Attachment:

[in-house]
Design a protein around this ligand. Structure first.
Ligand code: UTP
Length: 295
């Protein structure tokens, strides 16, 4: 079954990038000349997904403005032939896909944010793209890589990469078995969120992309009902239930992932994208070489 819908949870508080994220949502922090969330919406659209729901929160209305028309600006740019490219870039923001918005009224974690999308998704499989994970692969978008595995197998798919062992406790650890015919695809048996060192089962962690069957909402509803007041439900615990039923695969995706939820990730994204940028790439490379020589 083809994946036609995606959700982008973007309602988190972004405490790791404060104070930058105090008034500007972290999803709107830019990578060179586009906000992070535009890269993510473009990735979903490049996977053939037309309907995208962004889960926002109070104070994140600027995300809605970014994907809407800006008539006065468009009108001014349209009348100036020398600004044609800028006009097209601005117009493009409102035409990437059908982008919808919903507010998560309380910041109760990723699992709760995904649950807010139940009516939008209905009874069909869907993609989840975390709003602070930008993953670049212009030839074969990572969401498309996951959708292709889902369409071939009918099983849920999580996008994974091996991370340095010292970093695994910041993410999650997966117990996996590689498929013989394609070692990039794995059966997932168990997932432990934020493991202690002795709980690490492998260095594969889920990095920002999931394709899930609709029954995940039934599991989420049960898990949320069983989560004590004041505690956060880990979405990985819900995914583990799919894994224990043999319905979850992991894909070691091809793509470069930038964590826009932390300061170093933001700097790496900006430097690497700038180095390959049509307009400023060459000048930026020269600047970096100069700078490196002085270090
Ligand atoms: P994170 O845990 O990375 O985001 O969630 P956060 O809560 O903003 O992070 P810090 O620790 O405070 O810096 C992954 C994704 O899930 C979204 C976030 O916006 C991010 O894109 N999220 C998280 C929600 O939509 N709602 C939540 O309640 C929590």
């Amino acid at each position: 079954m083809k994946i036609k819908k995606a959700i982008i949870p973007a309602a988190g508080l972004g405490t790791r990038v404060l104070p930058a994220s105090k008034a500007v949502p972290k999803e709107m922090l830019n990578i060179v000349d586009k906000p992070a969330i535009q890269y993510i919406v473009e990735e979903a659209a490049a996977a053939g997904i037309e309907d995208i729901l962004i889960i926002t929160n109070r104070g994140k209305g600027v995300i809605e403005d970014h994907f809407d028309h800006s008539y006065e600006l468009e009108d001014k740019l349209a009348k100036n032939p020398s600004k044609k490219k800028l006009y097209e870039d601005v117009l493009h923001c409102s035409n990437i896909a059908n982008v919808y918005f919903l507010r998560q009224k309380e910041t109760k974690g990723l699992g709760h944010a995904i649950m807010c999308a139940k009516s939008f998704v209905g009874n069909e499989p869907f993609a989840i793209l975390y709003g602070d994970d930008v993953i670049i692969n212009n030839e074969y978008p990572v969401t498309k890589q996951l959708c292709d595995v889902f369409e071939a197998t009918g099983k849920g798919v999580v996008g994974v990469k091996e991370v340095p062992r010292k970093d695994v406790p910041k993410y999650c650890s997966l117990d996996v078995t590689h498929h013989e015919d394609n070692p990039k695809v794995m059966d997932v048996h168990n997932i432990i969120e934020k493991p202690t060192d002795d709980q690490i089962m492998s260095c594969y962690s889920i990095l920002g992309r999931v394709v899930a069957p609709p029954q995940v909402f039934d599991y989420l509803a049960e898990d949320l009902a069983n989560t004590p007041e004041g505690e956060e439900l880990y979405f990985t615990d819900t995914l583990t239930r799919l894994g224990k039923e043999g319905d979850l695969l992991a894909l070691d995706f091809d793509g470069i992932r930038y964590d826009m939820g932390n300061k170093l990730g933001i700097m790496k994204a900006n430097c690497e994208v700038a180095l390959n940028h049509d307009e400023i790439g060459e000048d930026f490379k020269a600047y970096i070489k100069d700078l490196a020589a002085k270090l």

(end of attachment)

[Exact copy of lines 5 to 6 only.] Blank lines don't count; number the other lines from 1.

């Protein structure tokens, strides 16, 4: 079954990038000349997904403005032939896909944010793209890589990469078995969120992309009902239930992932994208070489 819908949870508080994220949502922090969330919406659209729901929160209305028309600006740019490219870039923001918005009224974690999308998704499989994970692969978008595995197998798919062992406790650890015919695809048996060192089962962690069957909402509803007041439900615990039923695969995706939820990730994204940028790439490379020589 083809994946036609995606959700982008973007309602988190972004405490790791404060104070930058105090008034500007972290999803709107830019990578060179586009906000992070535009890269993510473009990735979903490049996977053939037309309907995208962004889960926002109070104070994140600027995300809605970014994907809407800006008539006065468009009108001014349209009348100036020398600004044609800028006009097209601005117009493009409102035409990437059908982008919808919903507010998560309380910041109760990723699992709760995904649950807010139940009516939008209905009874069909869907993609989840975390709003602070930008993953670049212009030839074969990572969401498309996951959708292709889902369409071939009918099983849920999580996008994974091996991370340095010292970093695994910041993410999650997966117990996996590689498929013989394609070692990039794995059966997932168990997932432990934020493991202690002795709980690490492998260095594969889920990095920002999931394709899930609709029954995940039934599991989420049960898990949320069983989560004590004041505690956060880990979405990985819900995914583990799919894994224990043999319905979850992991894909070691091809793509470069930038964590826009932390300061170093933001700097790496900006430097690497700038180095390959049509307009400023060459000048930026020269600047970096100069700078490196002085270090
Ligand atoms: P994170 O845990 O990375 O985001 O969630 P956060 O809560 O903003 O992070 P810090 O620790 O405070 O810096 C992954 C994704 O899930 C979204 C976030 O916006 C991010 O894109 N999220 C998280 C929600 O939509 N709602 C939540 O309640 C929590």